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Neglected field?

  • 15-06-2021 7:56pm
    #1
    Registered Users Posts: 367 ✭✭ billy_beckham


    Hi folks,

    Just looking for some advice, have about 4 acres lying idle for a few years, we had a horse but he died, it's overgrown etc. Want to tidy it up a bit and am wondering what is the best way, get someone to put a few cattle on it or get it cut?

    Thanks


Comments

  • Registered Users Posts: 17,909 ✭✭✭✭ _Brian


    Get a contractor in to mulch it.

    Then look at keeping it grazed


  • Registered Users Posts: 367 ✭✭ billy_beckham


    _Brian wrote: »
    Get a contractor in to mulch it.

    Then look at keeping it grazed

    What does mulch it do?
    How much would it cost?

    Excuse my ignorance ðŸ˜


  • Moderators, Society & Culture Moderators Posts: 1,621 Mod ✭✭✭✭ Albert Johnson


    The quickest and most straightforward way would be to get a contractor to mulch or top it. Mowing it will leave swarths of material on the ground that will take a long time to break down if not removed somehow. The mulcher or topper will turn the resulting material into small pieces that should break down quickly.

    If mulching or otherwise isn't an option for whatever reason (cost, availability, access, ground conditions ect) then you could always fence it and get someone to put a few horses or donkey's on it for the summer. Donkey's in particular are good for clearing off rough ground in my experience. They'll eat most things, are fairly docile, are low maintenance, respect fences and don't poach land excessively.


  • Registered Users Posts: 1,843 ✭✭✭ 49801


    Some fencing and pigs will sort it.
    Pig on spit end of summer


  • Registered Users Posts: 367 ✭✭ billy_beckham


    The quickest and most straightforward way would be to get a contractor to mulch or top it. Mowing it will leave swarths of material on the ground that will take a long time to break down if not removed somehow. The mulcher or topper will turn the resulting material into small pieces that should break down quickly.

    If mulching or otherwise isn't an option for whatever reason (cost, availability, access, ground conditions ect) then you could always fence it and get someone to put a few horses or donkey's on it for the summer. Donkey's in particular are good for clearing off rough ground in my experience. They'll eat most things, are fairly docile, are low maintenance, respect fences and don't poach land excessively.

    What would it cost, roughly, to mulch 4 acres?


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  • Registered Users Posts: 23,804 ✭✭✭✭ Reggie.


    What would it cost, roughly, to mulch 4 acres?

    Think its roughly €50 an acre. Not sure tho


  • Registered Users Posts: 17,909 ✭✭✭✭ _Brian


    Reggie. wrote: »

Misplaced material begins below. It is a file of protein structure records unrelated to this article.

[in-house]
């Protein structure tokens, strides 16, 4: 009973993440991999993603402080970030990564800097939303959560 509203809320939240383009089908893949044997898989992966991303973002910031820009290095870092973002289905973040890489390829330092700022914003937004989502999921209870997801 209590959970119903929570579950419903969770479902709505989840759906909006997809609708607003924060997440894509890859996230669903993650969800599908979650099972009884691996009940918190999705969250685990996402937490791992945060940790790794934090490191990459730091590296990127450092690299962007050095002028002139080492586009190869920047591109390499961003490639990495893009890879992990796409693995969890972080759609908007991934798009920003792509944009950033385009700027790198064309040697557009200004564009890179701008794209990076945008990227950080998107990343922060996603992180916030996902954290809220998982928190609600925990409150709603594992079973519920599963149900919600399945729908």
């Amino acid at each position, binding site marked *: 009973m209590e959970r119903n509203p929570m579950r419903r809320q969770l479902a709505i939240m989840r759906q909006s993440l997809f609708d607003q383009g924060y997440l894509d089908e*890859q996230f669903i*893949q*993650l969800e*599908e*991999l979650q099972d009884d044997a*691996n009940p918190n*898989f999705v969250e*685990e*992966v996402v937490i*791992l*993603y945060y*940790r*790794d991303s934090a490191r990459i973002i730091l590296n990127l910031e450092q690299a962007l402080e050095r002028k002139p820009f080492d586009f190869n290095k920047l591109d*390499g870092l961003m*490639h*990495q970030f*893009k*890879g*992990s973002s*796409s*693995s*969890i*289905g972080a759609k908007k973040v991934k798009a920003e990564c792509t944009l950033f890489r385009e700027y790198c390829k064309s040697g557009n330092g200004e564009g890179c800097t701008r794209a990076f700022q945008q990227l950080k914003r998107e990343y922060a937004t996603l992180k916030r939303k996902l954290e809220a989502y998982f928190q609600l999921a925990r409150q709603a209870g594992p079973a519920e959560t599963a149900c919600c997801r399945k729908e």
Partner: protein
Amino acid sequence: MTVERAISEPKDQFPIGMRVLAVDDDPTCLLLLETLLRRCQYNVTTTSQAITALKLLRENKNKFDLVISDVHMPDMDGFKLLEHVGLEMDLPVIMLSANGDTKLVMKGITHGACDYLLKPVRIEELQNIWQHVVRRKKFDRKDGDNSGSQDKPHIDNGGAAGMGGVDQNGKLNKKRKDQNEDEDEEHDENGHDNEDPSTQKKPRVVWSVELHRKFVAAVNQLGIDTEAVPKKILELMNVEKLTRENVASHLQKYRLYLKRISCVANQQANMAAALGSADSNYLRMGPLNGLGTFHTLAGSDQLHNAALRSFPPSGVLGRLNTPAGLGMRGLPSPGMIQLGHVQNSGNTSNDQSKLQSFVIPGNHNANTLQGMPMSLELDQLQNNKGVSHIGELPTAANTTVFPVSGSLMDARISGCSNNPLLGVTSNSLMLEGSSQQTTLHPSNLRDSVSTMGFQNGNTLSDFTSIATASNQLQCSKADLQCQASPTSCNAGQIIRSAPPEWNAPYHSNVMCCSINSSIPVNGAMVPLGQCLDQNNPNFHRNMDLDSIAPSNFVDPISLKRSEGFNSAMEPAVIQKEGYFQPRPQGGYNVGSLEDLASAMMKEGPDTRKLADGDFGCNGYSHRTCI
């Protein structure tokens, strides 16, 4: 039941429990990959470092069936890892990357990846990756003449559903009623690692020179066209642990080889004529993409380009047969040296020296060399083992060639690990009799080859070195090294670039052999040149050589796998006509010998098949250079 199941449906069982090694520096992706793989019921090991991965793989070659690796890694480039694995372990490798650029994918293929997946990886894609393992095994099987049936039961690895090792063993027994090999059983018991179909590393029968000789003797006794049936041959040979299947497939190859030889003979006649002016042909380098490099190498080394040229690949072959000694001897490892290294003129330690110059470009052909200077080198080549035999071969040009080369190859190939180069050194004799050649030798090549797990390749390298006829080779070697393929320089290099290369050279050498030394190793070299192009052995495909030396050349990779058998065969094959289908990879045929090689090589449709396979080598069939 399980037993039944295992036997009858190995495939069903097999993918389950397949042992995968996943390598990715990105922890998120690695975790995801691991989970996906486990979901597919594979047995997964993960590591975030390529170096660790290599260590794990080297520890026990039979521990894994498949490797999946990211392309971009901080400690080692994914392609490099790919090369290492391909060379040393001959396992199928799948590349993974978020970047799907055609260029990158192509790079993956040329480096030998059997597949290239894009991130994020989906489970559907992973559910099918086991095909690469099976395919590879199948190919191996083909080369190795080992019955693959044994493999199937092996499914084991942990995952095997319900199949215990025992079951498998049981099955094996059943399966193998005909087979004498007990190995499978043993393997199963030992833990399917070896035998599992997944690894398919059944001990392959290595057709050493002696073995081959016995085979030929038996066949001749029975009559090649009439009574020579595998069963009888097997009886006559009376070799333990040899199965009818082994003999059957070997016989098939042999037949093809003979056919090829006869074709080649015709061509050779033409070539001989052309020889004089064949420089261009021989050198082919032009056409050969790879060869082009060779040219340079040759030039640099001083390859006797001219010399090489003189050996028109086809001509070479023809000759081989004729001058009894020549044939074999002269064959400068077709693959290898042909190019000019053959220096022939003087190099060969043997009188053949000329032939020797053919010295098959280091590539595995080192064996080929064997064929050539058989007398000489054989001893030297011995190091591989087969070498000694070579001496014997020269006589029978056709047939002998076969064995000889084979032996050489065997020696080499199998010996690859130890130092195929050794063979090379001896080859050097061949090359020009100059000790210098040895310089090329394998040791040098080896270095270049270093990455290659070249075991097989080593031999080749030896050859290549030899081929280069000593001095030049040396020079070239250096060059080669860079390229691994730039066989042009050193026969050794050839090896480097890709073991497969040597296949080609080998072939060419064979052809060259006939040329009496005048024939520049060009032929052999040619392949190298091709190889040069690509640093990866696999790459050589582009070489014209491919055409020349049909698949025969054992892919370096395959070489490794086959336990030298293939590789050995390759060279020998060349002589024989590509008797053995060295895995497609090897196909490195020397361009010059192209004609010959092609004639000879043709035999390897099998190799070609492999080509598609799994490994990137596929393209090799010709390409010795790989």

Think its roughly €50 an acre. Not sure tho

    That’s what it is round these parts as well.

    Neighbors cleaned up a bit of neglected land beside us last autumn, did a savage job in fairness.


  • Registered Users Posts: 3,232 ✭✭✭ Hard Knocks


    If you can get them to go very slow the cut material will be smaller
    A light coat of slurry (1500gal/Ac) afterwards would be no harm


  • Registered Users Posts: 815 ✭✭✭ Sacrolyte


    Dry cows. Strip grazed. Move wire every day. Be like a billiard table after em. Dairy stock usually be quietest.


  • Registered Users Posts: 3,323 ✭✭✭ endainoz


    Best option would be to bring in a mulcher or a shredder and then to top the regrowth. The finer the grass is cut the better as it will rot down quicker and add fertility back into the soil and make the field a bit more productive. If the field is out of production for a while keep a look out for rag wort was it will have to be removed assuming youll be putting animals in soon after. If the field isnt being grazed soon it wouldnt be much of an issue.


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  • Registered Users Posts: 17,909 ✭✭✭✭ _Brian


    endainoz wrote: »
    Best option would be to bring in a mulcher or a shredder and then to top the regrowth. The finer the grass is cut the better as it will rot down quicker and add fertility back into the soil and make the field a bit more productive. If the field is out of production for a while keep a look out for rag wort was it will have to be removed assuming youll be putting animals in soon after. If the field isnt being grazed soon it wouldnt be much of an issue.

    That raises a question on my mind.
    Would the mulching break down ragweed so small as to not pose a danger ??


  • Registered Users Posts: 3,323 ✭✭✭ endainoz


    _Brian wrote: »
    That raises a question on my mind.
    Would the mulching break down ragweed so small as to not pose a danger ??

    Ragweed and ragwort are two different plants, but assuming your referring to ragwort, I suppose the risk would be less. They would certainly rot a lot quicker anyway.


  • Registered Users Posts: 367 ✭✭ billy_beckham


    endainoz wrote: »
    Best option would be to bring in a mulcher or a shredder and then to top the regrowth. The finer the grass is cut the better as it will rot down quicker and add fertility back into the soil and make the field a bit more productive. If the field is out of production for a while keep a look out for rag wort was it will have to be removed assuming youll be putting animals in soon after. If the field isnt being grazed soon it wouldnt be much of an issue.

    Anyone know of someone in the West Wicklow area who would do this?


  • Registered Users Posts: 17,909 ✭✭✭✭ _Brian


    endainoz wrote: »
    Ragweed and ragwort are two different plants, but assuming your referring to ragwort, I suppose the risk would be less. They would certainly rot a lot quicker anyway.

    Oh.
    Those terms are used interchangeably locally. Yea Ragwort is what I was wondering about.


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